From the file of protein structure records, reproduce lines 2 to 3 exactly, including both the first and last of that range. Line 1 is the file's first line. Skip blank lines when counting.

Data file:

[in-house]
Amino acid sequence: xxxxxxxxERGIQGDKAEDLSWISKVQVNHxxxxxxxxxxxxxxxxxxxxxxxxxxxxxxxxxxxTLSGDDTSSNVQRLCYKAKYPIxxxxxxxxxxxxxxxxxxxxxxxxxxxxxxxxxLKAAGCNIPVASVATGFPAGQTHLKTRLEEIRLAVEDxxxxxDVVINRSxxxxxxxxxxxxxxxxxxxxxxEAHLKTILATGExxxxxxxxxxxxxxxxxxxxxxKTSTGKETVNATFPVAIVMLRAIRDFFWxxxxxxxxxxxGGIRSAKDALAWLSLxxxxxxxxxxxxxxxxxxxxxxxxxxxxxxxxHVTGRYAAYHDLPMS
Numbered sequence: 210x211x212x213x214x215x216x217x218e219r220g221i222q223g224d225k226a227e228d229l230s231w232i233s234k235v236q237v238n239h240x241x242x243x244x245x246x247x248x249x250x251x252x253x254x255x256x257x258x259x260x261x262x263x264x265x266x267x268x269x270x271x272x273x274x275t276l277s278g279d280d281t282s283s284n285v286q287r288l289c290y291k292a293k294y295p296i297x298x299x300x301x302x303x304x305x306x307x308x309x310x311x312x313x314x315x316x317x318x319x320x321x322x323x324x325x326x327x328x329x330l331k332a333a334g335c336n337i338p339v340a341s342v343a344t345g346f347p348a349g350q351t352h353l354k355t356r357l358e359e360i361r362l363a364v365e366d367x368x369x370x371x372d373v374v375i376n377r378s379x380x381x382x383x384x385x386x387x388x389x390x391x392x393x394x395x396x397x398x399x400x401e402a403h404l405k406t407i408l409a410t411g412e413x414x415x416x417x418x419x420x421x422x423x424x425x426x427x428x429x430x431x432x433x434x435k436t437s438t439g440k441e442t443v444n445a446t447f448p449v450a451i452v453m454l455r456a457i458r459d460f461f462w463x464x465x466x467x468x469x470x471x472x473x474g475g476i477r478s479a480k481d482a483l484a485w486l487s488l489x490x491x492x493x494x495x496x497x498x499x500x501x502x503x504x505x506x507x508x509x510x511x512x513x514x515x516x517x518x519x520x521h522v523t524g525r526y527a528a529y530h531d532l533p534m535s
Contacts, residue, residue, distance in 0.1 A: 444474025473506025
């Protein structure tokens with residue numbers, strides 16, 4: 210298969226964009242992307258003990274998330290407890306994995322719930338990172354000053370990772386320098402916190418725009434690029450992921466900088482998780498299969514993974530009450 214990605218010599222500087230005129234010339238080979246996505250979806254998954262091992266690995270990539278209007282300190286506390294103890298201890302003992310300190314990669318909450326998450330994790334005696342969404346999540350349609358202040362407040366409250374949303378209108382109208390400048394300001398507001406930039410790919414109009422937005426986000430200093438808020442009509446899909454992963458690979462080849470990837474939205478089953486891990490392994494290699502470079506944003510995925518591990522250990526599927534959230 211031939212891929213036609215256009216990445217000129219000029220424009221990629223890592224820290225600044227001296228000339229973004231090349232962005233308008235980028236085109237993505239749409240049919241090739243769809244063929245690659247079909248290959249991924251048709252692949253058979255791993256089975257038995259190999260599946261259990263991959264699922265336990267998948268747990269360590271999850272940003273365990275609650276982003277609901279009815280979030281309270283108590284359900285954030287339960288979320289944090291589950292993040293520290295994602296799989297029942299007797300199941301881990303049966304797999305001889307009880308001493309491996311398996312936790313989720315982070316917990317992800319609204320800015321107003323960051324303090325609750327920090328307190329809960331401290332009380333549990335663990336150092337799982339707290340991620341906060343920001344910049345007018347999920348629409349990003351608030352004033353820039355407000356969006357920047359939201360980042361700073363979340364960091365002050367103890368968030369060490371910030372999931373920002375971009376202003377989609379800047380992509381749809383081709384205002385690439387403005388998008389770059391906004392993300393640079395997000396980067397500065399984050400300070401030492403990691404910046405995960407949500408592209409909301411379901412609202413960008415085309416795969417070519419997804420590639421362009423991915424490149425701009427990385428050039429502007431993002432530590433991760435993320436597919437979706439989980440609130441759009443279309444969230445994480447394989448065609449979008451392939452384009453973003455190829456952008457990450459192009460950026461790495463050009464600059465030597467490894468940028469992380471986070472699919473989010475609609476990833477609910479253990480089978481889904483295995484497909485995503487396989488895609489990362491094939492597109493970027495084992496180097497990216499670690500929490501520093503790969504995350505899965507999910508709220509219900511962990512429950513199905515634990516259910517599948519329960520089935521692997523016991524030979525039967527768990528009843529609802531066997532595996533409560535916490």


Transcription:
Amino acid sequence: xxxxxxxxERGIQGDKAEDLSWISKVQVNHxxxxxxxxxxxxxxxxxxxxxxxxxxxxxxxxxxxTLSGDDTSSNVQRLCYKAKYPIxxxxxxxxxxxxxxxxxxxxxxxxxxxxxxxxxLKAAGCNIPVASVATGFPAGQTHLKTRLEEIRLAVEDxxxxxDVVINRSxxxxxxxxxxxxxxxxxxxxxxEAHLKTILATGExxxxxxxxxxxxxxxxxxxxxxKTSTGKETVNATFPVAIVMLRAIRDFFWxxxxxxxxxxxGGIRSAKDALAWLSLxxxxxxxxxxxxxxxxxxxxxxxxxxxxxxxxHVTGRYAAYHDLPMS
Numbered sequence: 210x211x212x213x214x215x216x217x218e219r220g221i222q223g224d225k226a227e228d229l230s231w232i233s234k235v236q237v238n239h240x241x242x243x244x245x246x247x248x249x250x251x252x253x254x255x256x257x258x259x260x261x262x263x264x265x266x267x268x269x270x271x272x273x274x275t276l277s278g279d280d281t282s283s284n285v286q287r288l289c290y291k292a293k294y295p296i297x298x299x300x301x302x303x304x305x306x307x308x309x310x311x312x313x314x315x316x317x318x319x320x321x322x323x324x325x326x327x328x329x330l331k332a333a334g335c336n337i338p339v340a341s342v343a344t345g346f347p348a349g350q351t352h353l354k355t356r357l358e359e360i361r362l363a364v365e366d367x368x369x370x371x372d373v374v375i376n377r378s379x380x381x382x383x384x385x386x387x388x389x390x391x392x393x394x395x396x397x398x399x400x401e402a403h404l405k406t407i408l409a410t411g412e413x414x415x416x417x418x419x420x421x422x423x424x425x426x427x428x429x430x431x432x433x434x435k436t437s438t439g440k441e442t443v444n445a446t447f448p449v450a451i452v453m454l455r456a457i458r459d460f461f462w463x464x465x466x467x468x469x470x471x472x473x474g475g476i477r478s479a480k481d482a483l484a485w486l487s488l489x490x491x492x493x494x495x496x497x498x499x500x501x502x503x504x505x506x507x508x509x510x511x512x513x514x515x516x517x518x519x520x521h522v523t524g525r526y527a528a529y530h531d532l533p534m535s